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What it takes to make the grade

Heights Editor

Published: Sunday, November 20, 2011

Updated: Wednesday, January 9, 2013 19:01


Though people often say that college is the best four years of one's life, they are undoubtedly four of the most stressful years as well. The pressure of getting good grades looms above college students at all times.

The implications that both our successes and our failures have on our future, or so we are told, can be daunting to even think about. Each test, homework assignment, and  paper contribute to that coveted high GPA. The GPA that we will hopefully be proud to display on our resumes while we hunt for jobs and internships alike. But what do these grades really represent? Do they say we went to class, focused, engaged in discussion, took an active role in furthering our knowledge, and ultimately left a course more well informed and wiser for it? Unfortunately, such a blanket statement cannot be made. There are ways to succeed on paper here at college without actually learning. What is the value of this type of education? Are we here merely to get that letter grade to contribute to our high GPA number in hopes of getting a six-figure salary in the near future?

Jerry Kane, an assistant professor in the Caroll School of Management (CSOM), offered  interesting insight into how we view grades today, and what those little letters really mean. Kane is highly knowledgeable in the area of grades and has participated in a lot of discussion about their role.

"I actually attended a faculty seminar last week in CSOM that presented evidence that students who were concerned about grades, over learning a topic deeply, actually became less-expert in the long run," Kane says. "Students focused on grades first learn the topic procedurally, such as what they need to know to write a paper/take a test, but students  focused on learning deeply first became conceptual learners (i.e. learning the principles of a subject) that allowed them to better apply that learning in unfamiliar settings in the future. The latter is far more important for success in life."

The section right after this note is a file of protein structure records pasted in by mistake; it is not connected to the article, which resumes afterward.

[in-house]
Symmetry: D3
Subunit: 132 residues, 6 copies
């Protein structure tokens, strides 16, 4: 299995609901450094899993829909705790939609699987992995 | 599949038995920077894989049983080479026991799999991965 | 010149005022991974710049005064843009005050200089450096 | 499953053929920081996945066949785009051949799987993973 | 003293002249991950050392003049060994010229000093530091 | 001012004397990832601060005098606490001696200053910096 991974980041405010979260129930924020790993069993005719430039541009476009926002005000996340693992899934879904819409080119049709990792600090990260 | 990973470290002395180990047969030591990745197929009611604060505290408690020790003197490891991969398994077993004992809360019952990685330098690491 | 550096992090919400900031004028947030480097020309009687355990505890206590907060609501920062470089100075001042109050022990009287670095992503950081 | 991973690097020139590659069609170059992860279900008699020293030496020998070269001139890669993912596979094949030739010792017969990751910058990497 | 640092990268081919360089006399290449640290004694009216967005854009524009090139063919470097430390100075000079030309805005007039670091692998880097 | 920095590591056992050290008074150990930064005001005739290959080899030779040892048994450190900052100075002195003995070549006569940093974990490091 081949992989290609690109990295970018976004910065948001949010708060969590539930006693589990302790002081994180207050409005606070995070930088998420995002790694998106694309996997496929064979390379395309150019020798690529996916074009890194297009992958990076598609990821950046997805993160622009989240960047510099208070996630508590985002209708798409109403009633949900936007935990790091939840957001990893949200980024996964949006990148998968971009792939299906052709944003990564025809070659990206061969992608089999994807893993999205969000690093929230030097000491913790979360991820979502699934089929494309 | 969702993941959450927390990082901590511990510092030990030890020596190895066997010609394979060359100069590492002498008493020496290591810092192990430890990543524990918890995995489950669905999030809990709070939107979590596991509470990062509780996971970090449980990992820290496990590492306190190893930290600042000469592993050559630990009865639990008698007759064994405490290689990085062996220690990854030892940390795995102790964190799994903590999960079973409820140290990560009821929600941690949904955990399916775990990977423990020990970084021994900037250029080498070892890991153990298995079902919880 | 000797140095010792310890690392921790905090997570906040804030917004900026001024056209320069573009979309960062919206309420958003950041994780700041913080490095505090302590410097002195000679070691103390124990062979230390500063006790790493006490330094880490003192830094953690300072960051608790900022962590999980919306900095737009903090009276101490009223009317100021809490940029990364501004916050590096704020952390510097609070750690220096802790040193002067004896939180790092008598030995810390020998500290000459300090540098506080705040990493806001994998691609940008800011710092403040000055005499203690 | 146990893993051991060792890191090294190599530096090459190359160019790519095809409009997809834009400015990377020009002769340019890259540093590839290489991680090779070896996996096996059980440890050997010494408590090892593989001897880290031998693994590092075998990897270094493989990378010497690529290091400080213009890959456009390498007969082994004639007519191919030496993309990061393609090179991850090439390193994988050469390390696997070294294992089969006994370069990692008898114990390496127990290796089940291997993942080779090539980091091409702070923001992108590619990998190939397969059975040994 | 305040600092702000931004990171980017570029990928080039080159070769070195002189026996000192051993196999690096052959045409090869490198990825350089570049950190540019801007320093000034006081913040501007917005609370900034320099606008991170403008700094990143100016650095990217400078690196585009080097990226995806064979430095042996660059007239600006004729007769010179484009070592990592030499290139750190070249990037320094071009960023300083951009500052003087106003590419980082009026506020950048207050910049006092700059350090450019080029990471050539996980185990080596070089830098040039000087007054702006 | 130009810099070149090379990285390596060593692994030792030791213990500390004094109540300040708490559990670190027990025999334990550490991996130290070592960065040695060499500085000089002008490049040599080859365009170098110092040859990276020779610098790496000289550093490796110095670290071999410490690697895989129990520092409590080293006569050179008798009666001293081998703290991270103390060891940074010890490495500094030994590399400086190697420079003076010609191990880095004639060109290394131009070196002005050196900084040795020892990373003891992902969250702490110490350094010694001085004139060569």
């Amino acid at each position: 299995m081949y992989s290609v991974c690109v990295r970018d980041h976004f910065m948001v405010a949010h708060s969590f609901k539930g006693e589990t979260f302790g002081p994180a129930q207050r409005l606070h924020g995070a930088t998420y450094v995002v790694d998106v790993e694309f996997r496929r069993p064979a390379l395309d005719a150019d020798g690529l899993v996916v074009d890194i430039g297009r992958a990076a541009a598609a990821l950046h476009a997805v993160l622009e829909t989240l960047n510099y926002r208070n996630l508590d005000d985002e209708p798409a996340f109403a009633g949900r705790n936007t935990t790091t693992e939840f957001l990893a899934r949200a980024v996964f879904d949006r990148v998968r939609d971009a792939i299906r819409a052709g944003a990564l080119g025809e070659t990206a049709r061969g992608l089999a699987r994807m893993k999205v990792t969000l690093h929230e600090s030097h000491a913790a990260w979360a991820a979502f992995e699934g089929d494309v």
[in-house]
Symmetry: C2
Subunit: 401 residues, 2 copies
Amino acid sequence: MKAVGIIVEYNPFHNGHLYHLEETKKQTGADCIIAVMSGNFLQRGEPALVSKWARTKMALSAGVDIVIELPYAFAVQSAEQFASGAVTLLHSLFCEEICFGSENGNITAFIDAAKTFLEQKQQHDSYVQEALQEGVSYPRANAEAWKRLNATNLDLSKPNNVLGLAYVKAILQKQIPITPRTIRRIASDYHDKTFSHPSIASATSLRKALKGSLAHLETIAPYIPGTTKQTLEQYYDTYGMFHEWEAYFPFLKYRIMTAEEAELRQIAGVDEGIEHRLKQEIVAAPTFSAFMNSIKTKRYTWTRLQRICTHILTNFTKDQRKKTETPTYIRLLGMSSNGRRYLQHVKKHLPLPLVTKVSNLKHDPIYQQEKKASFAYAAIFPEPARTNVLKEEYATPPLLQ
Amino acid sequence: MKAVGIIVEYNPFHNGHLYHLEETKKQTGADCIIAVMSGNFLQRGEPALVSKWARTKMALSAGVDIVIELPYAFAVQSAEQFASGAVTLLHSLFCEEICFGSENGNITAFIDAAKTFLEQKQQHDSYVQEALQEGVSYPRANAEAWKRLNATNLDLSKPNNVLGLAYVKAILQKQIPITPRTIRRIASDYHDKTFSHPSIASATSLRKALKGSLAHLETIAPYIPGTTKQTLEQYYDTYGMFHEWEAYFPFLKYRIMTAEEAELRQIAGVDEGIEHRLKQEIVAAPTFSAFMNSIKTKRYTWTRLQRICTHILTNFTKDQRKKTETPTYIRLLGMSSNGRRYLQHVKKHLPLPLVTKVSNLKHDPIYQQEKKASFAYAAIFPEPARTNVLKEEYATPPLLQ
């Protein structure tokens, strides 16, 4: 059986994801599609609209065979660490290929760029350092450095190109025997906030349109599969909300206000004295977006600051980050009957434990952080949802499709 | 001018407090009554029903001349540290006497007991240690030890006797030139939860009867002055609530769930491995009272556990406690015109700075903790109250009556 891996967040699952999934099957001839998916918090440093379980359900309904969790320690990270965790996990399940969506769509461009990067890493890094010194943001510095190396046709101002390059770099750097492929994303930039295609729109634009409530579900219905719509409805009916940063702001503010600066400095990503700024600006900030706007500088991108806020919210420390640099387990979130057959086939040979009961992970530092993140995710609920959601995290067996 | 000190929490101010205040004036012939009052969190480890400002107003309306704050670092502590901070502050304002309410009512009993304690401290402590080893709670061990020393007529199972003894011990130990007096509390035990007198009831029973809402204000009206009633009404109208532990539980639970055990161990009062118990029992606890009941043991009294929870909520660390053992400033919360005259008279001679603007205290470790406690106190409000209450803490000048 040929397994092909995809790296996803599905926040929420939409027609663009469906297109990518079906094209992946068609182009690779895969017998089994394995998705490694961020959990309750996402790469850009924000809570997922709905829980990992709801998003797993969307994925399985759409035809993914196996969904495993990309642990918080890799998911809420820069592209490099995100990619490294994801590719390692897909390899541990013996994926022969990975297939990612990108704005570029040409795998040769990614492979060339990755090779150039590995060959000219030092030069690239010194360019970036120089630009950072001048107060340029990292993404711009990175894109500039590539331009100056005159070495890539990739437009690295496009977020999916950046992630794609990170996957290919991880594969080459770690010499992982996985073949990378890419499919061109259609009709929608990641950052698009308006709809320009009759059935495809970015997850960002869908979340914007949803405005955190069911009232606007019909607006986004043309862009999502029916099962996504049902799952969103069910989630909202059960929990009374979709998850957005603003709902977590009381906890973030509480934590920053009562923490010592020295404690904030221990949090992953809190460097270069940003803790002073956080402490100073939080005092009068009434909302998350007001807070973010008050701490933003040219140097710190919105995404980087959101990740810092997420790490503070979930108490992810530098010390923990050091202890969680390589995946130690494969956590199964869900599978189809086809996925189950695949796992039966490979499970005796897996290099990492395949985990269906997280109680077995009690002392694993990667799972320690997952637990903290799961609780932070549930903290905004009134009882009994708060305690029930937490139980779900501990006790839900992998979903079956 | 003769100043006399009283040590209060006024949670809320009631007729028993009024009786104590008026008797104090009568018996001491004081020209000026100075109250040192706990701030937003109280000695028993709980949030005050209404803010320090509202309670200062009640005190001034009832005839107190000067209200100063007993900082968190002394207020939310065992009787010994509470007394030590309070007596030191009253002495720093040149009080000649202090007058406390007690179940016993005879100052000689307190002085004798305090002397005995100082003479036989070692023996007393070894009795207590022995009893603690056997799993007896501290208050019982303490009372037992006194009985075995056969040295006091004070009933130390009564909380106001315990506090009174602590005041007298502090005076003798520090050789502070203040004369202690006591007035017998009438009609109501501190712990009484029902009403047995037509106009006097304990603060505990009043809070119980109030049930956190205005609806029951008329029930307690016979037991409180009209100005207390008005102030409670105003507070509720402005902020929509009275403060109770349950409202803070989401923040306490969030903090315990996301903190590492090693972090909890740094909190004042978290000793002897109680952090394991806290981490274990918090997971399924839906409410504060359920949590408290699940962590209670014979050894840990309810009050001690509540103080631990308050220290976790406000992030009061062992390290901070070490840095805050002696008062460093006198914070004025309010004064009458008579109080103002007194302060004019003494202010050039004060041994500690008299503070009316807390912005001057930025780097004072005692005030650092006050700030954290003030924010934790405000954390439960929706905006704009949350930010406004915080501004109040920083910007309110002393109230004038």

As a teacher for 15 years and an undergraduate before that, Kane has a lot of experience in academia. "I actually take grades far more seriously now than I did as an undergrad, but in both cases I still think that grades were/are less important than they are to the average BC student,"  Kane says.

It is true that at Boston College there is an extremely competitive spirit. Double majors with additional minors and concentrations tend to be the norm, not the exception, and students compete for top spots in all of their classes. But what are we all competing for? Kane emphasizes that we should be striving for knowledge, not just A's. "I try to de-emphasize grades as much as possible, because I know students will over-emphasize them," Kane says. "I do strive to communicate my expectations for the course clearly and fairly (i.e., what students will need to do to get a good grade), but then I work really hard to try and get students to learn first and worry about the actual grade second."